Gambling Regulations and Social Responsibility
Interim Code for Affordability Checks in Anti-Money Laundering Expected Soon, says Racing Post.

Interim Code for Affordability Checks in Anti-Money Laundering Expected Soon, says Racing Post.

The industry-led code, which aims to establish standard rules for when bettors must provide proof of affordability to bookmakers, is currently being trialled. The code has been anticipated for several weeks, with delays attributed to issues related to anti-money laundering checks. It is understood that work on an anti-money laundering code is being conducted concurrently with the interim code for affordability checks. BHA chairman Joe Saumarez Smith has communicated concerns to gambling minister Stuart Andrew and secretary of state Lucy Frazer regarding the need for social responsibility to be reflected in changes to the AML code.

According to the government’s proposals outlined in a white paper in April of the previous year, bettors would undergo affordability checks if they experience a net loss of just £125 over 30 days or £500 in a year. Enhanced checks would be triggered if a punter records a net loss of £1,000 in 24 hours, or £2,000 within 90 days, and would involve more detailed scrutiny of their finances. The Gambling Commission has specified that the checks will initially be implemented at a higher threshold for a brief period before reverting to a lower threshold later in the year. Additionally, a four-to-six month pilot of enhanced checks is planned to ensure they are seamless for punters.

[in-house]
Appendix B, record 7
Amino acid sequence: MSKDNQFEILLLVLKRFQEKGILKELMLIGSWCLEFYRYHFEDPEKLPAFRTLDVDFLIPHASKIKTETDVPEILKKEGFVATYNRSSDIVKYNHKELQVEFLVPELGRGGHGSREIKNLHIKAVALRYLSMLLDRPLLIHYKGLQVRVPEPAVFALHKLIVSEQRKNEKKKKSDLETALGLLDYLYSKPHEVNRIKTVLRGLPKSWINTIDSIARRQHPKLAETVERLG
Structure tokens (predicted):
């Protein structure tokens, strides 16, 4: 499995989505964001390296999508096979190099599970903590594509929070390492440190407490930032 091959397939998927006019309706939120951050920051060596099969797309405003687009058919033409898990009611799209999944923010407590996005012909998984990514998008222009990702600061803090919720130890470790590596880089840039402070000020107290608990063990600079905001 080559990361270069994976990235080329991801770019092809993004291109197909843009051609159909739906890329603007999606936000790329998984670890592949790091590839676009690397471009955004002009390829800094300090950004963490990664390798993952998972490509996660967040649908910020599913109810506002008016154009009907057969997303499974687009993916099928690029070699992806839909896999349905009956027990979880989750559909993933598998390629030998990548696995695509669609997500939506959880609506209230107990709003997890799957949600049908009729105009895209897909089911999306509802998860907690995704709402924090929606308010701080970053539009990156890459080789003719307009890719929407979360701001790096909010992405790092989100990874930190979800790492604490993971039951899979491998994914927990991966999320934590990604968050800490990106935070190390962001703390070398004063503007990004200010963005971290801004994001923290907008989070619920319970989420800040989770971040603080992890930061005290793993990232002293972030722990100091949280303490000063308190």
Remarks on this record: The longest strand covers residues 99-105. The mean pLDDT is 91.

The industry-led code, designed to apply during the interim period, aims to alleviate what has been described as onerous and inconsistent checks currently being applied by operators. More details of the code emerged recently following a story in the Sun newspaper. It has been reported that enhanced checks would be triggered at higher levels of £5,000 a month and £25,000 in a year under the interim code. These figures are deemed accurate and are applicable to net deposits, with lower limits for 18-to-24-year-olds.

However, anti-money laundering checks are activated at lower levels, with the Gambling Commission’s guidance stipulating that identification and verification are required when a customer deposits or withdraws funds amounting to €2,000 or more. Discussions are ongoing about the reform of the levy system in racing and betting. Gambling minister Stuart Andrew is expected to report to parliament on progress by April 24.

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